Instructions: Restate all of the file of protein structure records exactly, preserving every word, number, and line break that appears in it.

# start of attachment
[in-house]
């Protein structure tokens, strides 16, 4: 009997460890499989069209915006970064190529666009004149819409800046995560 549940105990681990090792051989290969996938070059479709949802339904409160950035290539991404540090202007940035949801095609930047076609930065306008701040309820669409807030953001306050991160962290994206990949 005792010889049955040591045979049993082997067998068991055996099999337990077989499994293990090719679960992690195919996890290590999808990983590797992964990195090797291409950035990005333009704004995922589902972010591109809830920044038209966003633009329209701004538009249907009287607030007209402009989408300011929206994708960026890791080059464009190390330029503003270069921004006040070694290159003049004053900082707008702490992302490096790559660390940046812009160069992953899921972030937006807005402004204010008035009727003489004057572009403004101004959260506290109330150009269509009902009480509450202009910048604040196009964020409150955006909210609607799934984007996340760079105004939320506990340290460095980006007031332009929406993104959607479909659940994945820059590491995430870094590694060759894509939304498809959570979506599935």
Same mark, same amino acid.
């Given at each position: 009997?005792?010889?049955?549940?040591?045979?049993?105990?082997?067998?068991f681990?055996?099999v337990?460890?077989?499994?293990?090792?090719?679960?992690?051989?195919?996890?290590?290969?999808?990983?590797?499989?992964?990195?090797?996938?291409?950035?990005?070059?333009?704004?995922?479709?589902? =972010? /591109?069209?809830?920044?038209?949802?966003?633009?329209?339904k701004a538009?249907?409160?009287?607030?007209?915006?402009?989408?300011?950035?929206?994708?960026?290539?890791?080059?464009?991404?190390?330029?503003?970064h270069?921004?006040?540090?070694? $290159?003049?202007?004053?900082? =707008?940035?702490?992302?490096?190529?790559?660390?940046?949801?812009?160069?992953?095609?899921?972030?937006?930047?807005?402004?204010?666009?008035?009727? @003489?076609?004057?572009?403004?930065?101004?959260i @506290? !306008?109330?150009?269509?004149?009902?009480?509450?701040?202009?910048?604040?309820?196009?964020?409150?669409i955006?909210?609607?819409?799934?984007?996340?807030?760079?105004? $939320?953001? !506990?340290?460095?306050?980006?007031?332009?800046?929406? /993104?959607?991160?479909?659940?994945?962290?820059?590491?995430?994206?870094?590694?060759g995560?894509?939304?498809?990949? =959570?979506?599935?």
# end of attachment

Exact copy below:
[in-house]
């Protein structure tokens, strides 16, 4: 009997460890499989069209915006970064190529666009004149819409800046995560 549940105990681990090792051989290969996938070059479709949802339904409160950035290539991404540090202007940035949801095609930047076609930065306008701040309820669409807030953001306050991160962290994206990949 005792010889049955040591045979049993082997067998068991055996099999337990077989499994293990090719679960992690195919996890290590999808990983590797992964990195090797291409950035990005333009704004995922589902972010591109809830920044038209966003633009329209701004538009249907009287607030007209402009989408300011929206994708960026890791080059464009190390330029503003270069921004006040070694290159003049004053900082707008702490992302490096790559660390940046812009160069992953899921972030937006807005402004204010008035009727003489004057572009403004101004959260506290109330150009269509009902009480509450202009910048604040196009964020409150955006909210609607799934984007996340760079105004939320506990340290460095980006007031332009929406993104959607479909659940994945820059590491995430870094590694060759894509939304498809959570979506599935």
Same mark, same amino acid.
């Given at each position: 009997?005792?010889?049955?549940?040591?045979?049993?105990?082997?067998?068991f681990?055996?099999v337990?460890?077989?499994?293990?090792?090719?679960?992690?051989?195919?996890?290590?290969?999808?990983?590797?499989?992964?990195?090797?996938?291409?950035?990005?070059?333009?704004?995922?479709?589902? =972010? /591109?069209?809830?920044?038209?949802?966003?633009?329209?339904k701004a538009?249907?409160?009287?607030?007209?915006?402009?989408?300011?950035?929206?994708?960026?290539?890791?080059?464009?991404?190390?330029?503003?970064h270069?921004?006040?540090?070694? $290159?003049?202007?004053?900082? =707008?940035?702490?992302?490096?190529?790559?660390?940046?949801?812009?160069?992953?095609?899921?972030?937006?930047?807005?402004?204010?666009?008035?009727? @003489?076609?004057?572009?403004?930065?101004?959260i @506290? !306008?109330?150009?269509?004149?009902?009480?509450?701040?202009?910048?604040?309820?196009?964020?409150?669409i955006?909210?609607?819409?799934?984007?996340?807030?760079?105004? $939320?953001? !506990?340290?460095?306050?980006?007031?332009?800046?929406? /993104?959607?991160?479909?659940?994945?962290?820059?590491?995430?994206?870094?590694?060759g995560?894509?939304?498809?990949? =959570?979506?599935?």